|Master Data Catalogue|| The Master Data Catalogue is a description of master data assets. Information captured includes: |
* details of the authoritative source system/s,
* security classification, and
The Catalogue is a core resource in contributing to the ability to share required and accurate data between CSU applications. It also supports governance and delivery of change activities (projects or service delivery) in information capability activities.
CSU Staff can access the Enterprise Master Data Catalogue through the S drive:
|Glossary of terms||A set of definitions for terms relevant to the Information portfolio.||Jan 2016|
* - Document scheduled for review / redevelopment
|Query||Supporting Artefact / Process|
|What is an information asset?||Information that describes a 'thing' of interest for a specified purpose, context and granularity that gives it meaning and relevance. For more information, refer to the Information Asset Identification Guide|
|Is information/data 'x' already captured and stored within a CSU application or system?||Search the Information Asset Register for listed assets and/or the Master Data Definitions Catalogue (available at S:\Common\Master Data\MD_Definitions\MD_Definition_Library.htm).|
|Why is it that information or data assets that I oversee are not listed in the information assets register?||The register is a living artefact and will be built out over time with periodic version updates. Any new entries or amendments, contact the Enterprise Architect (Information).|
|Is there a guide on the key things to consider in planning and managing data within a CSU application?||Refer to the Information and Data Standards.These standards outline core aspects/factors and how they need to be addressed within CSU's information technology environment. The Data Principles also help to inform decision-making, particularly at a planning and design phase.|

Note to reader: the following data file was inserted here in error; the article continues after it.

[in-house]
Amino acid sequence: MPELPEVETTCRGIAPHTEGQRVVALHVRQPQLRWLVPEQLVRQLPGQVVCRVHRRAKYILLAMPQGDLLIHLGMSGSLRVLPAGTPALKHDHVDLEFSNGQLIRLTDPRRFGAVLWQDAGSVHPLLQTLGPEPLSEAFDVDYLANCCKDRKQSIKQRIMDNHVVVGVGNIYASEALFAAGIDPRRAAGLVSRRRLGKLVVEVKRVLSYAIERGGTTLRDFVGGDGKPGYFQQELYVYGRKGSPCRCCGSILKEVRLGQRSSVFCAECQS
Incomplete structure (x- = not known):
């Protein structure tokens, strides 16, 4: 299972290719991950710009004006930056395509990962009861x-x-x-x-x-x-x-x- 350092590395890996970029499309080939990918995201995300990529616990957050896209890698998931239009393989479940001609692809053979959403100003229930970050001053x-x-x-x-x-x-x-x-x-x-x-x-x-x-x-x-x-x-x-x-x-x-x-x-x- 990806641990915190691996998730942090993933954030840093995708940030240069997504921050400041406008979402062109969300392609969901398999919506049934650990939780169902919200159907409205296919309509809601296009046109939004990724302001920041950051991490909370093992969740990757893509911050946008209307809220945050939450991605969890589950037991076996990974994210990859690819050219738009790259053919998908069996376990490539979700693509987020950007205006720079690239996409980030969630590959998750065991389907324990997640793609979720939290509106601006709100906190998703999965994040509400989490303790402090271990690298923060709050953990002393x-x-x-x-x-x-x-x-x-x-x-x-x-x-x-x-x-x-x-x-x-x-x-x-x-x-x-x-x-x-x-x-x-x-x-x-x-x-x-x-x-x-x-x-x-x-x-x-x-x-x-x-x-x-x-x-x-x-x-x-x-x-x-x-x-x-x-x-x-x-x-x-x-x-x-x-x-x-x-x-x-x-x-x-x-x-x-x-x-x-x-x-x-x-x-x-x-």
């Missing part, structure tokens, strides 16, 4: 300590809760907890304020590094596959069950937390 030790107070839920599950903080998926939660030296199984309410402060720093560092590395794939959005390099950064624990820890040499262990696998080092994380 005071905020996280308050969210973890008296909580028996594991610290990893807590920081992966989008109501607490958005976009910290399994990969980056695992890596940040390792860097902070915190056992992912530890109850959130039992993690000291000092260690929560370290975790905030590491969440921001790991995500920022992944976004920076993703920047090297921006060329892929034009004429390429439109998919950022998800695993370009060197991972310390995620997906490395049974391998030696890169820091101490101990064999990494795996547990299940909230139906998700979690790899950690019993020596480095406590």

|How can the quality of information or data be measured?|| Refer to the Information and Data Quality Overview document for an outline of characteristics that can measured to provide a measure of quality. |
If assistance is required in planning a quality assessment, contact the Enterprise Architect (Information).
|What are the known enterprise data issues?||Refer to the Enterprise Data Issue Register|
|How do I report an enterprise data issue?||Contact the Enterprise Architect (Information). If a brief description of the issue, business impact, example/s and any other key factors are available this assists registration and first assessment.|
|What is the process to have enterprise data issues resolved?||Registered issues are assessed and prioritised for investigation and resolution actions. For further information, contact the Enterprise Architect (Information).|
|Who do I talk to about using information/data 'x'?|| If required, information or data is registered. Details of the respective Custodian are available either from the Information Asset Register or the Master Data Definitions Catalogue.|
If not currently registered, please contact the Enterprise Architect (Information).
|What is the process for gaining approval to share data between CSU applications?|| Approval must be obtained from the relevant nominated Data Custodian.|
To reduce the risk of incorrect data access or use, the Data Access Template is available to address governance and formal approval needs.
Within a CSU technology project, this is a required step as referenced within the Data Access Process Overview.
|Who is responsible for data that is shared between applications?|| A number of organisational roles contribute to data sharing as outlined within the Master Data Governance Roles document.|
If more information is required, contact the Enterprise Architect (Information).